Art of Accounting: Small firms need a network of experts
The complexity of everything that needs to be done is making running a practice more difficult for many small firms. When I started my practice in 1969 it was hard, but doable — I did it. I don’t believe I could do it today. There is just too much to keep up with.
I am proud to say that I was an expert generalist. I was great in everything except when measured against most specialists. I wrote about this previously so I won’t repeat it here. Today, the speed and volume of changes in taxes are overshadowed by the accounting and auditing changes and possibly by the IT changes. When I started, I could be a “tax expert” and confidently handled everything that came my way. Today, SALT, foreigners working in the United States, tax audits, tax planning, business taxes, trust administration and about 40 other items all require specialists. My firm even has a couple of R&D tax credit specialists. Yet I see great opportunities for smaller firms.
From the hundreds of accountants I speak to and work with annually, I have noticed a distinct trend. The owners or partners of small firms have grown even stronger as their clients’ "trusted advisors.” They are available and knowledgeable about the client, their family relationships, concerns, goals and long-term wishes. They are custodians of a wealth of experience with the clients and draw upon that on a 24/7 basis as necessary, and they care. They show they care by continual interactions with their clients — many times anticipating problems and offering suggestions before they become evident.
But from a technical standpoint they don’t know everything they need to know. They are aware of the issues, but not the expertise. Acquiring the expertise can be time-consuming and costly. The need to become an expert in a limited area might only apply to one or two clients and is not an effective way to run a business. Instead they form relationships with more knowledgeable colleagues in specific areas. They create, each firm for themselves, an informal network of experts they can call upon, and they pay for these services at undiscounted rates, making this work profitable and desirable for the experts who fully understand the need to provide preferential services to their colleagues when called upon. Now, to be realistic, this work is not that lucrative because it is limited to short consultations — on call — and occasionally a limited-duration special-purpose project, but the desire to assist a colleague and the collegial feeling offsets the minimal revenues it provides. Occasionally a boutique firm evolves and is able to generate significant revenue from many accountants, making this a viable business model for them.
For example, a firm that does a limited number of audits might outsource the review or quality control process to a specialist. The specialist might perform similar services for 12 or 15 firms, and along with some of their own audit work, can have a pretty good business doing such work. The outsourced specialist can also organize internal inspections and represent the firm at its peer review. Another outsourced service for firms with one or two clients in a niche specialty could be assisting clients that are non-U.S. residents working in the United States, or who want to establish a business in the U.S. The same with transfer pricing services, state and local taxation for a client doing business in multiple states, or a client that wants to establish a domicile in another state to save current income taxes and eventual estate taxes. Estate and trust administration, succession or estate planning, and SOC 2 audits are other examples, or a client that wants to minimize taxes on the sale of their business, or who needs due diligence when buying a business.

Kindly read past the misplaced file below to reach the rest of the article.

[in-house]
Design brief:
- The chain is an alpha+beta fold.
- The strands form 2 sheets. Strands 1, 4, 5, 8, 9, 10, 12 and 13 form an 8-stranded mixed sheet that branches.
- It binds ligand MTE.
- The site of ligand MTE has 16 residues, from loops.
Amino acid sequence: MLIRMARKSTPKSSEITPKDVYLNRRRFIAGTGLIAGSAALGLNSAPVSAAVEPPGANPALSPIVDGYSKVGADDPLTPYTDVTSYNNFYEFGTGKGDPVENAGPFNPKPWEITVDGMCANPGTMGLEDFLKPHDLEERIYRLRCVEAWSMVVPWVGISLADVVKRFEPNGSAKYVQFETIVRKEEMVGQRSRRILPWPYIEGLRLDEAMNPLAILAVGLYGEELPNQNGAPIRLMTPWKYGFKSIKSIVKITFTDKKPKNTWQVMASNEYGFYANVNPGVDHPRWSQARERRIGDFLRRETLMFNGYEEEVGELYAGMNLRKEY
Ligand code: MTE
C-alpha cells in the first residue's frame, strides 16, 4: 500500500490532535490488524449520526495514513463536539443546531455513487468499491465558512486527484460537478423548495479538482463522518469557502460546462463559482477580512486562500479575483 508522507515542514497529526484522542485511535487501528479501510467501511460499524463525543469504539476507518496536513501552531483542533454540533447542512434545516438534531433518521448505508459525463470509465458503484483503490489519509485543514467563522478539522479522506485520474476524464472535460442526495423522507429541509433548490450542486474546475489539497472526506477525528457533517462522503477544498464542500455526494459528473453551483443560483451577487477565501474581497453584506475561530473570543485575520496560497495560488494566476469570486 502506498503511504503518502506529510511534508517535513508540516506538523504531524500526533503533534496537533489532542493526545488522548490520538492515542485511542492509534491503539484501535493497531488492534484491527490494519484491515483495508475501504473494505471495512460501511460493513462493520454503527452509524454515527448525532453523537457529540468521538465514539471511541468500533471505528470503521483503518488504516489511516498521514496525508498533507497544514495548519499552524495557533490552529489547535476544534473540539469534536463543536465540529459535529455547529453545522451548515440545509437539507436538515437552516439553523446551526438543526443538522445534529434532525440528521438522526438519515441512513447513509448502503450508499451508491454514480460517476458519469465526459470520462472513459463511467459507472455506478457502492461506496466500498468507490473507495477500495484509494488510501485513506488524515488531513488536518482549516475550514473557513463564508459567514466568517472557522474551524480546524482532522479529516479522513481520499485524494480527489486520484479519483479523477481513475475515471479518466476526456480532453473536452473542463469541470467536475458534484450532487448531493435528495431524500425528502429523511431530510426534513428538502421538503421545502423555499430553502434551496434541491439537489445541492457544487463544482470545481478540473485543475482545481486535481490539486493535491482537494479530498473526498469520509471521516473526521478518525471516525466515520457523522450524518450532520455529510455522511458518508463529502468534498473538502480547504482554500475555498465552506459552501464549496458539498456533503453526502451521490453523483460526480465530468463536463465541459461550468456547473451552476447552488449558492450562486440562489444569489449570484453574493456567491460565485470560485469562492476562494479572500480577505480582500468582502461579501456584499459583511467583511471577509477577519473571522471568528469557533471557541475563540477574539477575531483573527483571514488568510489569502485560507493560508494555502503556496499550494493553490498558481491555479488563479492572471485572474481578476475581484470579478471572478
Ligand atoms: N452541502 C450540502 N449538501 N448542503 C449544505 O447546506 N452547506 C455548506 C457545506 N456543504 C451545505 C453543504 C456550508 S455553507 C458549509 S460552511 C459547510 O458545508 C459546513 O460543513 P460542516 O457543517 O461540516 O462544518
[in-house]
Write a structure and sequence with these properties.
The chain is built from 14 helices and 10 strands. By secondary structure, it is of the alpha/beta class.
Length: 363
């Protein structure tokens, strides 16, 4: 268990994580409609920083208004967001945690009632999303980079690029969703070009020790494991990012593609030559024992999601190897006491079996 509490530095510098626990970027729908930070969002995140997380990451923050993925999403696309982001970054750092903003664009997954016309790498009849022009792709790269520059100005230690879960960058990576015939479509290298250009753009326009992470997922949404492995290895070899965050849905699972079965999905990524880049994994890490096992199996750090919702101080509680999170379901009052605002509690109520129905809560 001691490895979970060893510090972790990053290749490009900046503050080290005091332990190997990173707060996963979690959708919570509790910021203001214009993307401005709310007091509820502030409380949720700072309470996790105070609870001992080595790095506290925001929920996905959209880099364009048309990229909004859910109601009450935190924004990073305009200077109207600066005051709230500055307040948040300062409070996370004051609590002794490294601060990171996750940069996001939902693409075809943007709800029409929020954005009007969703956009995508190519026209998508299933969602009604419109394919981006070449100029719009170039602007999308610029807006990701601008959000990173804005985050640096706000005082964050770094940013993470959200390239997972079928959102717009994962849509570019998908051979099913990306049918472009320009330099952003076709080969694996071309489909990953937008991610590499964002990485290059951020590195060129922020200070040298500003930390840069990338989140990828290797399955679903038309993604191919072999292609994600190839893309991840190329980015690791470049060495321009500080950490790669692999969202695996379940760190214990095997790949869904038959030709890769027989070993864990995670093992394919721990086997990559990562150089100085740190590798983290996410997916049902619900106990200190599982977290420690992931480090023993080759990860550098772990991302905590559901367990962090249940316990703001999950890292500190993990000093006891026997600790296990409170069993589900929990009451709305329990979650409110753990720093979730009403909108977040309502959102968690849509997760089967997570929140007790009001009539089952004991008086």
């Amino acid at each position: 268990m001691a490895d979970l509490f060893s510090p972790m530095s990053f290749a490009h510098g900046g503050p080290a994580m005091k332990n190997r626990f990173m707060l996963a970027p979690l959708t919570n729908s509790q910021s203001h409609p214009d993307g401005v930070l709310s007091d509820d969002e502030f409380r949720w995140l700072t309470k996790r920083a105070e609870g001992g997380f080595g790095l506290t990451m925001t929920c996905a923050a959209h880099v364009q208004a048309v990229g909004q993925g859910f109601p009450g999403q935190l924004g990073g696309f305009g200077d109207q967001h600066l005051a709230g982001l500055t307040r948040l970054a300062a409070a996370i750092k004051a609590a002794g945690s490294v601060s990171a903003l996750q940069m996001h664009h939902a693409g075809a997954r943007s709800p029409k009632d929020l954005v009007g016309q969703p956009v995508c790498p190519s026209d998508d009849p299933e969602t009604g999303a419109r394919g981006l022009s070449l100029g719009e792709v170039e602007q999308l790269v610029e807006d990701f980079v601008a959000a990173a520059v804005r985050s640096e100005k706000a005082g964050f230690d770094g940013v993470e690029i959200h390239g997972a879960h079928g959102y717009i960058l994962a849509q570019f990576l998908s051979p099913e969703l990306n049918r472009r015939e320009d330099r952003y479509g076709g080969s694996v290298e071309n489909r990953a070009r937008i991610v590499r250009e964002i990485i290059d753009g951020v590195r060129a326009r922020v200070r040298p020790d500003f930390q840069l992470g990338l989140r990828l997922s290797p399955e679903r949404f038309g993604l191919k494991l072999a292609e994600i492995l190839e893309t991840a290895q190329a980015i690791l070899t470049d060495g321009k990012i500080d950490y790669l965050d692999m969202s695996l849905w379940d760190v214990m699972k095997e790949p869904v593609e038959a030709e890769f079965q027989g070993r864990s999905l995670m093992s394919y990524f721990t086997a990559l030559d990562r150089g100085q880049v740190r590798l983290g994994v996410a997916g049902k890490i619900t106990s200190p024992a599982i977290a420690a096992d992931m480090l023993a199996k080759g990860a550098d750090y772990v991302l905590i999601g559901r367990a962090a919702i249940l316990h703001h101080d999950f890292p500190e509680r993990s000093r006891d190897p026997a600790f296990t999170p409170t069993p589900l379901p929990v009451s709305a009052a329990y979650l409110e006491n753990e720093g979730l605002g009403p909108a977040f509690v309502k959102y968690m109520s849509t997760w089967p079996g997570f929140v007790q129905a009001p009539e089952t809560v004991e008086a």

There are other services where the network is important because the referrals permit the accountant to retain the client for more traditional, but absolutely essential, services they have been providing. These include services they are precluded from performing because they lack independence, such as business valuation and forensic services; audits of employee benefit plans, broker-dealers or HUD projects; or a captive insurance company where the accountant does the write-up or extensive journal entries.
There are consulting services where most accountants are not usually qualified, such as with cost segregation studies, systems installations, asset and wealth management, or sales of life insurance for estate-planning purposes.
The point is that reaching out and finding these experts is being done on a more widespread basis and it is working. Our firm is the recipient of revenues from many smaller firms that call upon us on an as-needed basis, and we also have a network to refer work that is not cost-effective for us to do. This includes smaller business and not-for-profit audits, extended outsourced CFO services, and catch-up bookkeeping projects for clients.
The role of the smaller accounting firm is changing, in a positive way. The strengths of what small firms do best are being maximized, enabling them to offer a wider array of services needed by their clients through their network of colleagues.